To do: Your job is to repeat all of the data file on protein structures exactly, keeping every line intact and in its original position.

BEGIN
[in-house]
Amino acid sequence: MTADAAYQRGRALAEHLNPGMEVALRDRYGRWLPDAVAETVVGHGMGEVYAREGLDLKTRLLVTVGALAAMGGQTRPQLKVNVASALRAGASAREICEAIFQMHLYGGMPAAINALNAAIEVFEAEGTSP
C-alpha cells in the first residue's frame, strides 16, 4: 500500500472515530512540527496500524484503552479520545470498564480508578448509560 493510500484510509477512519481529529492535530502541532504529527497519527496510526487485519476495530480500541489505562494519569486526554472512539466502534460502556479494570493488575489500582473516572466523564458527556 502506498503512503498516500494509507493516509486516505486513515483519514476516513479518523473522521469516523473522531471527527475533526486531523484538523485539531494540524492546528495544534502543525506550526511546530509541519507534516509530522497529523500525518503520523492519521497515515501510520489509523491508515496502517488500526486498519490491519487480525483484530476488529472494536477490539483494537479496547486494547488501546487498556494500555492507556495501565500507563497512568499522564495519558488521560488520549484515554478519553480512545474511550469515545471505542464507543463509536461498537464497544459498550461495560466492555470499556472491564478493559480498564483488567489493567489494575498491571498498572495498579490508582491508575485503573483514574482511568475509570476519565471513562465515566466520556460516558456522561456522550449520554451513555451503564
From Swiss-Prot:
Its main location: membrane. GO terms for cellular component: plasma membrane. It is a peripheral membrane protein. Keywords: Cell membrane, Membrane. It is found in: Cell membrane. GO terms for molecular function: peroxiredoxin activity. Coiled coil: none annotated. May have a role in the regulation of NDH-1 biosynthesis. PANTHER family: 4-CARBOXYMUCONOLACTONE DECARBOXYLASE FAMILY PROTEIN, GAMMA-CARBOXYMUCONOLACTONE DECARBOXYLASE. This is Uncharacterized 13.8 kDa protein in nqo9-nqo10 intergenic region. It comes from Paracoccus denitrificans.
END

[in-house]
Amino acid sequence: MTADAAYQRGRALAEHLNPGMEVALRDRYGRWLPDAVAETVVGHGMGEVYAREGLDLKTRLLVTVGALAAMGGQTRPQLKVNVASALRAGASAREICEAIFQMHLYGGMPAAINALNAAIEVFEAEGTSP
C-alpha cells in the first residue's frame, strides 16, 4: 500500500472515530512540527496500524484503552479520545470498564480508578448509560 493510500484510509477512519481529529492535530502541532504529527497519527496510526487485519476495530480500541489505562494519569486526554472512539466502534460502556479494570493488575489500582473516572466523564458527556 502506498503512503498516500494509507493516509486516505486513515483519514476516513479518523473522521469516523473522531471527527475533526486531523484538523485539531494540524492546528495544534502543525506550526511546530509541519507534516509530522497529523500525518503520523492519521497515515501510520489509523491508515496502517488500526486498519490491519487480525483484530476488529472494536477490539483494537479496547486494547488501546487498556494500555492507556495501565500507563497512568499522564495519558488521560488520549484515554478519553480512545474511550469515545471505542464507543463509536461498537464497544459498550461495560466492555470499556472491564478493559480498564483488567489493567489494575498491571498498572495498579490508582491508575485503573483514574482511568475509570476519565471513562465515566466520556460516558456522561456522550449520554451513555451503564
From Swiss-Prot:
Its main location: membrane. GO terms for cellular component: plasma membrane. It is a peripheral membrane protein. Keywords: Cell membrane, Membrane. It is found in: Cell membrane. GO terms for molecular function: peroxiredoxin activity. Coiled coil: none annotated. May have a role in the regulation of NDH-1 biosynthesis. PANTHER family: 4-CARBOXYMUCONOLACTONE DECARBOXYLASE FAMILY PROTEIN, GAMMA-CARBOXYMUCONOLACTONE DECARBOXYLASE. This is Uncharacterized 13.8 kDa protein in nqo9-nqo10 intergenic region. It comes from Paracoccus denitrificans.